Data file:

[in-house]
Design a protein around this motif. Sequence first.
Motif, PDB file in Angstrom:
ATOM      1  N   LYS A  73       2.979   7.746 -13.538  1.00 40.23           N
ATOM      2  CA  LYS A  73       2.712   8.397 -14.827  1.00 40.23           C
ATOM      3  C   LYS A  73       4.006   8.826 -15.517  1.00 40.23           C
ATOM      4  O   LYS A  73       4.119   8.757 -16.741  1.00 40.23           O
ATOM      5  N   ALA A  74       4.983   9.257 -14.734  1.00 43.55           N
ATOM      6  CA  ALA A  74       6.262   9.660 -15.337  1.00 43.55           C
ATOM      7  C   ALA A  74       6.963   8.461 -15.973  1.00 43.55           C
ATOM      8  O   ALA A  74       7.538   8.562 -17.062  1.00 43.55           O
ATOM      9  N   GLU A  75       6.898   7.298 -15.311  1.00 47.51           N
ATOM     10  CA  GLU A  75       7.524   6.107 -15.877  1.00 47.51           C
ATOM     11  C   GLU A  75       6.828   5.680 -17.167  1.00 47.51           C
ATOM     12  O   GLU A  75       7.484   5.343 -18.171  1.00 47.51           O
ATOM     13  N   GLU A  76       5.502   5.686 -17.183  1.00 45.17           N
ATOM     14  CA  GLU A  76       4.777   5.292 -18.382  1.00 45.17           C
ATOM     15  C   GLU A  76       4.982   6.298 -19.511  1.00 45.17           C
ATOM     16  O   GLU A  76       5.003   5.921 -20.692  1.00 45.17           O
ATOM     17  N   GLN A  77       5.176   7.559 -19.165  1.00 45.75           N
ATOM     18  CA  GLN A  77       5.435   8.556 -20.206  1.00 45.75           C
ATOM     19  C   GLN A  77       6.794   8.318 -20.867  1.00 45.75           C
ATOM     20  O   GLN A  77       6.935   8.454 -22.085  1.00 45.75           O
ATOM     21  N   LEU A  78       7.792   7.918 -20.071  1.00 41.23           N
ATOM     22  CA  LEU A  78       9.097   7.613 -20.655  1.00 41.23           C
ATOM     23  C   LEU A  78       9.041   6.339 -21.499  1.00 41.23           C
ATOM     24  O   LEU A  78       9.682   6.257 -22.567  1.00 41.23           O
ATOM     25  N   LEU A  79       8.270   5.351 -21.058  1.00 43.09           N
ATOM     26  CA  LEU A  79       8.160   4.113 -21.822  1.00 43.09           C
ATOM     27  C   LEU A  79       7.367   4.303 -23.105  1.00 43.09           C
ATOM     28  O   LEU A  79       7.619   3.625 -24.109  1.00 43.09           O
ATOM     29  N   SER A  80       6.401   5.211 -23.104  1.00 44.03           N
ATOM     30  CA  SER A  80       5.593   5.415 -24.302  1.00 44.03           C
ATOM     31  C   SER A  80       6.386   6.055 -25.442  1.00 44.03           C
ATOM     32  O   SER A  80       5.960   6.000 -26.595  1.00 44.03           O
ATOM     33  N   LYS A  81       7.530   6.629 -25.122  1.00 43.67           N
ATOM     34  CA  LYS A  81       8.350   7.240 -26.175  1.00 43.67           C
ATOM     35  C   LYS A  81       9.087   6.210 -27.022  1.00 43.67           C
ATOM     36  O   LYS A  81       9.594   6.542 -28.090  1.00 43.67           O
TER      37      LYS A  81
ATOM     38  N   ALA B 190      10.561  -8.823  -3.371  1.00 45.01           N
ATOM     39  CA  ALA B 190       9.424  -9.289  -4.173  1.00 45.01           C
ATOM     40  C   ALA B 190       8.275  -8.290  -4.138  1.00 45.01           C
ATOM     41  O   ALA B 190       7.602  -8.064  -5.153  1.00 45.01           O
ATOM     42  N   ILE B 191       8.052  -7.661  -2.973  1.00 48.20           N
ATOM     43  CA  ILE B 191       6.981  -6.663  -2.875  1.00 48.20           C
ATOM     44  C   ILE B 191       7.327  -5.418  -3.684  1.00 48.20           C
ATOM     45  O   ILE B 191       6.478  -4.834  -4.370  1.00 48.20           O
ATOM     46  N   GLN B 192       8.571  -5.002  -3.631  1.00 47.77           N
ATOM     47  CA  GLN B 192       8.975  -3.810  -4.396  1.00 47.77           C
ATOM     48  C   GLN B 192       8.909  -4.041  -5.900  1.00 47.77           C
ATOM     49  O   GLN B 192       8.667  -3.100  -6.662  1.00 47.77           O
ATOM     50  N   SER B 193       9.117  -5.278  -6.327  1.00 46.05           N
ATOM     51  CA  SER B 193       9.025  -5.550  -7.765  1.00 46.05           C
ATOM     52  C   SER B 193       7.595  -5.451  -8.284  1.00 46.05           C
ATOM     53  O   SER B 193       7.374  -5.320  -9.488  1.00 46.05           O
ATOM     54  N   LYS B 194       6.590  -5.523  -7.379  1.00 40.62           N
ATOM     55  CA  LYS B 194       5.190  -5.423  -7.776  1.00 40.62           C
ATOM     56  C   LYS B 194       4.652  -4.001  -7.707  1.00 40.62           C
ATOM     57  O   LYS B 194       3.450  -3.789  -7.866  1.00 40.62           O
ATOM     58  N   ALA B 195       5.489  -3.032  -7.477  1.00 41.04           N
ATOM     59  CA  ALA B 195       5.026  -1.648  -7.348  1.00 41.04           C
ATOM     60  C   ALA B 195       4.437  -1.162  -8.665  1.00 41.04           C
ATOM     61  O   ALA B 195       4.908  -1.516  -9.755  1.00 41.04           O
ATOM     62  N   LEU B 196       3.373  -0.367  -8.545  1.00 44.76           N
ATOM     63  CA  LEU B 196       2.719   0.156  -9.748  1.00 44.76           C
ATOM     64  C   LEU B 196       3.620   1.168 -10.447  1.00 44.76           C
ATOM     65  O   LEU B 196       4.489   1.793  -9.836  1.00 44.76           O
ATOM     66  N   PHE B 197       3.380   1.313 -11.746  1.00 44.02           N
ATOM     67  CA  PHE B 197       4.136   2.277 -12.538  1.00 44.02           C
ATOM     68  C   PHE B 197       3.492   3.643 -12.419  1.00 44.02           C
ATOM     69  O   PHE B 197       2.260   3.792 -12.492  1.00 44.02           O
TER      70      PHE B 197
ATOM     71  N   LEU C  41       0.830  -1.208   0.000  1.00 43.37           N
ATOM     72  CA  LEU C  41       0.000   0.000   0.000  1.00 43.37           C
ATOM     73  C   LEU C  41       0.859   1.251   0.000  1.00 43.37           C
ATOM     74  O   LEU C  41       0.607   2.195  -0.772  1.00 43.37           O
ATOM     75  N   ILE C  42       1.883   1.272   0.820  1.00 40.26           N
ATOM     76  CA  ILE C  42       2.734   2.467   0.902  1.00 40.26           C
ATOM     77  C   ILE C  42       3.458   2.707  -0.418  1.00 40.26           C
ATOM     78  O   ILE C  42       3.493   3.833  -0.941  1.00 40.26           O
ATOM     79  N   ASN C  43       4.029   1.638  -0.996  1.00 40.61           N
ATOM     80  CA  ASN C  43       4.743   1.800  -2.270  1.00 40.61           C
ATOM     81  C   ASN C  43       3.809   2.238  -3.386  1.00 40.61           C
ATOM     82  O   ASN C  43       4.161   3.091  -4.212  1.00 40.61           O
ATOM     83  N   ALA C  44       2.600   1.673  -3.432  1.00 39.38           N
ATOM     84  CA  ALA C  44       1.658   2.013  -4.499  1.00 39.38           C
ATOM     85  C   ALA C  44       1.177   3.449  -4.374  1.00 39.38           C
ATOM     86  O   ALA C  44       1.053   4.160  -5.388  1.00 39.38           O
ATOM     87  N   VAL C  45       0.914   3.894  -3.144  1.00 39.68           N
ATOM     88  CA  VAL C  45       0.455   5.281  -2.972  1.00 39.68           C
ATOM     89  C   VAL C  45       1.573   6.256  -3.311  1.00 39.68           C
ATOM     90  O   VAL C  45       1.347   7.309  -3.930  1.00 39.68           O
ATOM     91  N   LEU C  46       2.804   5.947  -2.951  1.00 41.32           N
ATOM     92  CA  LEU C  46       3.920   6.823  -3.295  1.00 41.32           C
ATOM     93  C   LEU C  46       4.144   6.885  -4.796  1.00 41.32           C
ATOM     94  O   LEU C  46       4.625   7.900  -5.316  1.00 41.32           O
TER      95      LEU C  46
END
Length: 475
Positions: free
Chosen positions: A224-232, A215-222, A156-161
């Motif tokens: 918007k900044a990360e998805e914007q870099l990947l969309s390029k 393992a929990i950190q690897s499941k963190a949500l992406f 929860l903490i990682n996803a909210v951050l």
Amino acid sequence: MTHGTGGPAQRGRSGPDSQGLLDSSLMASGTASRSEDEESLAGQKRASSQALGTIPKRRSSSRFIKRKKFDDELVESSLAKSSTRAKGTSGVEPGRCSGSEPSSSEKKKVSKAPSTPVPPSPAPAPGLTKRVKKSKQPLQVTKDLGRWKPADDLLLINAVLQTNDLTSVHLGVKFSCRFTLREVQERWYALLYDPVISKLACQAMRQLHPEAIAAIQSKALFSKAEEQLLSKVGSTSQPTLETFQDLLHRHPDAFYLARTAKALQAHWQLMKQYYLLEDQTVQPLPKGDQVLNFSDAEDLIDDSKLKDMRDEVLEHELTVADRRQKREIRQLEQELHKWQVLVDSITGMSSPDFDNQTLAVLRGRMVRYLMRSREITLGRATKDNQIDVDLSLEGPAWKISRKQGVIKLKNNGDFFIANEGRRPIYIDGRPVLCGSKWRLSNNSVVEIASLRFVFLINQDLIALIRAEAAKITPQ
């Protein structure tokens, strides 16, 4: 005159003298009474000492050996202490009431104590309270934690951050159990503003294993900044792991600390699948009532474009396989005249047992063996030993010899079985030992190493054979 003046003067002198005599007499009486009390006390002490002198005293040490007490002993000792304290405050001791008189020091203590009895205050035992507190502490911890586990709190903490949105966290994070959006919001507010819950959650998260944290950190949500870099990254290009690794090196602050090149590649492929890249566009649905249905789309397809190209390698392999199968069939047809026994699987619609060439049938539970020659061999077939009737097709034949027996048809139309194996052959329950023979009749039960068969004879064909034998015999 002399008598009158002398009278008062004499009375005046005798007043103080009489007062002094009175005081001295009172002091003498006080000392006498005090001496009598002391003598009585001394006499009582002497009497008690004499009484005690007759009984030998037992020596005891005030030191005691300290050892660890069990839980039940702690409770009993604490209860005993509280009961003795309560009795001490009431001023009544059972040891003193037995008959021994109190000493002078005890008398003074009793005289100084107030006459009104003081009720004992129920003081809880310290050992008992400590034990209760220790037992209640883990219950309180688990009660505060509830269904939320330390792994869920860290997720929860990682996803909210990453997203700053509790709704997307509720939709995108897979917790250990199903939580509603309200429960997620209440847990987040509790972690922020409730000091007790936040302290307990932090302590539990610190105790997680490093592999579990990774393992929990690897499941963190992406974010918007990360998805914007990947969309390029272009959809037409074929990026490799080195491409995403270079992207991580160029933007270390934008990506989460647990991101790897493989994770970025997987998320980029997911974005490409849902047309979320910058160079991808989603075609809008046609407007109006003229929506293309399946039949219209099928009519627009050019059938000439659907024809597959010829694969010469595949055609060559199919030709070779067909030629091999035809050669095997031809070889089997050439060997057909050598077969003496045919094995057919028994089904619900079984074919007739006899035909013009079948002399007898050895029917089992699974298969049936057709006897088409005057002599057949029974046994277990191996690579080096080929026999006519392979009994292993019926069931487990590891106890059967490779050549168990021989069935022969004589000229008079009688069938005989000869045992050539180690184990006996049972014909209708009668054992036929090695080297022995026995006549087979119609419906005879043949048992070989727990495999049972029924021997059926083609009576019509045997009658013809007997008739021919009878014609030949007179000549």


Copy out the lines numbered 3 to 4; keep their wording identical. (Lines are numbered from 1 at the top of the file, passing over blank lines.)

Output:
Motif, PDB file in Angstrom:
ATOM      1  N   LYS A  73       2.979   7.746 -13.538  1.00 40.23           N